Sermon by Rev Sydney Maitland for Sunday 19 January 2020.
• Old Testament: Isaiah 49: 1-7 (God’s call and promises renewed)
• Epistle: 1 Corinthians 1: 1-9 (God is faithful; by Him you were called into the fellowship of His Son Jesus Christ)
• Gospel: John 1: 29-42 (John’s word about Jesus)
I believe that the author John Buchan, apart from being a very able and ambitious man, liked to be in control of all aspects of his life. I think that he was said to have mapped out his career long in advance with certain milestones to be achieved by certain ages.
And yes, none of us likes the uncertainty of being held at the whim and pleasure of another person. We all like to feel that we are also in control of our lives even if we do not control all their circumstances.
But our lessons are about times and situations when life has been turned around and new perspectives have been offered.
This is the sense in which Isaiah speaks of what is perhaps both his personal ministry and also the destiny of his people, the people of Israel.
The calling was there for both and both the individual and the nation were being called by God into a new form of service and commitment.
Whatever Israel had hoped for, God had a greater picture. If Israel wanted to be delivered from the great powers of Egypt and Assyria or Babylon, then God wanted them to be a light to shine with His glory among all the nations of the world.
Being able to tell the great powers where to go and what to do with themselves may be satisfying, but no Israel’s chariots and tanks were never going to rule the world.
But the story of Israel and her election and protection by God down the ages, even under the direst persecution and pogrom, might resonate differently and be heard in the furthest parts of the world.
The assurance that even the greatest and wealthiest, the most opulent and best armed rulers, were still answerable to God and were equally subject to being overthrown would perhaps give those rulers pause for thought and their people pause for hope.
This may not be the stuff of palaces and skyscrapers, but it is the stuff of law and hope.
Then there was the calling of Paul which he writes of to the church in Corinth.
He also had thought that he was in control of events when travelling to Damascus, armed not with swords or spears but letters of authority to arrest and imprison.
Little did he know that his own future would feature arrest, imprisonment, beatings and worse.
And yet here was writing to the Corinthian church, called by God to be saints of every kind and variety.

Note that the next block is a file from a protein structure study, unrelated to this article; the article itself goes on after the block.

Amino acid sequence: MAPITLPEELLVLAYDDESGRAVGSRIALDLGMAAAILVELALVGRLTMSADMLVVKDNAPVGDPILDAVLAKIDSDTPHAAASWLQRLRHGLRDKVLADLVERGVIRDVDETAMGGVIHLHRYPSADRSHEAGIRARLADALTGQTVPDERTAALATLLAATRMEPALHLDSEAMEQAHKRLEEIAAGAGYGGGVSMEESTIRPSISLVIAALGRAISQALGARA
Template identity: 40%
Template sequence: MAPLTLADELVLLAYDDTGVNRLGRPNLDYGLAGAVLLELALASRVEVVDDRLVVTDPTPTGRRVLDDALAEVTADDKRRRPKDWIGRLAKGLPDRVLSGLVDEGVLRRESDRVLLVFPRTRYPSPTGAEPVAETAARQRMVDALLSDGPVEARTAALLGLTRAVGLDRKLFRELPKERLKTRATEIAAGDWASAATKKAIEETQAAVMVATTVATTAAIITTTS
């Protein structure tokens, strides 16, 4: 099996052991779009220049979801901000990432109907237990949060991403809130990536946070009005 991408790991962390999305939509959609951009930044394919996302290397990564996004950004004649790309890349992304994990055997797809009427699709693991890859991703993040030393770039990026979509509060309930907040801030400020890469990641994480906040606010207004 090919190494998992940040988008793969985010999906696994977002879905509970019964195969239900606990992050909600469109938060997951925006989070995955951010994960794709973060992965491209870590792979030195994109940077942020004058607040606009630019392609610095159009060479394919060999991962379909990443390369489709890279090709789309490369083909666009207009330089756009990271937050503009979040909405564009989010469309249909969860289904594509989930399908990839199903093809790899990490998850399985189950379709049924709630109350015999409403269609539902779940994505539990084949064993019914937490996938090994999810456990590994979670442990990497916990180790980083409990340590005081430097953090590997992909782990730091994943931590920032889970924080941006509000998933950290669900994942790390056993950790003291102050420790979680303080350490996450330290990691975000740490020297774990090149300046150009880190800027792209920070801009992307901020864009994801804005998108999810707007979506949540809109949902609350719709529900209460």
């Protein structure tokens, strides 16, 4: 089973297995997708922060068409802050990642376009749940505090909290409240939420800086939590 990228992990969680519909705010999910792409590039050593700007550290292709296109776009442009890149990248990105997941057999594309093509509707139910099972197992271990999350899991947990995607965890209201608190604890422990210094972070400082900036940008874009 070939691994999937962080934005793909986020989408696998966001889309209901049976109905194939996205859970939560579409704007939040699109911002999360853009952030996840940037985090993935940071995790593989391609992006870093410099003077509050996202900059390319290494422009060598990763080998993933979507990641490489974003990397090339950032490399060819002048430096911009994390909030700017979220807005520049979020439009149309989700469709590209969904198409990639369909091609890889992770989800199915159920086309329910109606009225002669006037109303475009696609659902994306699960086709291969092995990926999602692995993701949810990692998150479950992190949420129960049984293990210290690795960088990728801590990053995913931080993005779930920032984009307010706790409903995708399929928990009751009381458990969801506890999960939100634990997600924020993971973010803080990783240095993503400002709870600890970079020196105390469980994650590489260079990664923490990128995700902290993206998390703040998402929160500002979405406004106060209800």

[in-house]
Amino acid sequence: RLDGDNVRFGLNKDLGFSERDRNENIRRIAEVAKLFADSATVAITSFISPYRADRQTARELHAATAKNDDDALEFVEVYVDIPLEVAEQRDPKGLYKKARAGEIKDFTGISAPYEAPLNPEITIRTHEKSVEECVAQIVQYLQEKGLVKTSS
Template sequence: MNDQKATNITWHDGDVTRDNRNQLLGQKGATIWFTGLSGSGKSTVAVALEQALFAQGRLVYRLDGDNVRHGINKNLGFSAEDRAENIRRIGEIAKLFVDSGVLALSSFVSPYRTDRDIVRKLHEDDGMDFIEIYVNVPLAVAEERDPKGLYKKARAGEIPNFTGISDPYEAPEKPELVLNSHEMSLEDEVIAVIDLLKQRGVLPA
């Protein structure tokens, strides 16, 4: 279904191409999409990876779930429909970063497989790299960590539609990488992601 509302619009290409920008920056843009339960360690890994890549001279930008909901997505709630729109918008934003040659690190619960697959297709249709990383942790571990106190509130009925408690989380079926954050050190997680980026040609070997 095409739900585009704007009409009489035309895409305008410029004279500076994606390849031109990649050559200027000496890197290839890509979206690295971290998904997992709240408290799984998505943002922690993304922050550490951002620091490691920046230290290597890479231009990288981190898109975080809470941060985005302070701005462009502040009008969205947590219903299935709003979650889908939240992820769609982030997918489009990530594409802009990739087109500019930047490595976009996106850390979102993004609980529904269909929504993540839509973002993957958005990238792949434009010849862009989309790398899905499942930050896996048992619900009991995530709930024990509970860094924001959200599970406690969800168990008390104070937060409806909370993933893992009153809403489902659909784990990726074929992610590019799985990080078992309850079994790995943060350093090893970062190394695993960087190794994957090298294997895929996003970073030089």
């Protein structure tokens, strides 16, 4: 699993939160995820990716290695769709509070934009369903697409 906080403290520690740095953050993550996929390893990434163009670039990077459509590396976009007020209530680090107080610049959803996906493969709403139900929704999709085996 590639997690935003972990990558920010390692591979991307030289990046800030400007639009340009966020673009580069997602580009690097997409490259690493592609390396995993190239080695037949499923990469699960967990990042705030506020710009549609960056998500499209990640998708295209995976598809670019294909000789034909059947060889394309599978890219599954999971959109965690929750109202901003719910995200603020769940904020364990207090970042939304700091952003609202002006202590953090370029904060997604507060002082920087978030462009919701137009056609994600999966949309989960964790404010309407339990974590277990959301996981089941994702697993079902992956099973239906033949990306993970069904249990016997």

Paul was called by God so that the Corinthians may also be called by God. He was to be there calling them into a new kind of life and worship where their relations with one another would be changed.
He was there to call them into finding themselves in ways that they had never imagined and in doing so in serving God in ways far outwith the bounds of normal pagan temple worship.
But then there was Jesus, still by the river Jordan, and now acclaimed by John the Baptist. John was willing to lose his own disciples to Jesus and was not being possessive of his ministry or of his disciples.
He was willing to decrease so that Jesus might increase. He was willing to see his following dwindle while the stories of Jesus spread and while Jesus’ miracles and teaching became ever better known.
John would not fall into apathy or resentment, even when arrested and imprisoned.
Yet John’s disciples took the hint and went with Jesus, and we are told that one of them was Andrew – not Simon Peter. Only later did Andrew bring Peter to Jesus.
And no doubt this was the precursor to Jesus own lakeside walk when this time He would take the initiative.
Then Jesus would be doing the calling as He called Peter and Andrew, James and John.
Perhaps this is the time to reflect on how God is calling us. Whatever we were doing may be fine but there is more to come.
Whatever we thought and understood and had learned may be fine but again there is more to come.
God calls us from the ordinary into His mystery of faith. He calls us from being in control to being subject to His direction and plans.
He calls us from what we were used to into what is new and unfamiliar. Lands not mapped and seas not charted. Relations with people we never knew, commitments we never expected, possible sacrifices that we had never imagined.
But just as Isaiah was proclaiming his confidence in God’s provision for Israel to be a light to lighten the nations, so Paul was setting out the same confidence in the gifts and the ministries of the Holy Spirit in the church.
And yes the Holy Spirit would also be there to cultivate the fruits of the spirit, the personal and moral qualities that were there in Jesus, within the body of Christ.
All of this is part of God’s calling to us. Just as Jesus would walk along the lakeside saying ‘Follow Me’ so He is also meeting us and saying also ‘Follow Me into the land which I will show you.’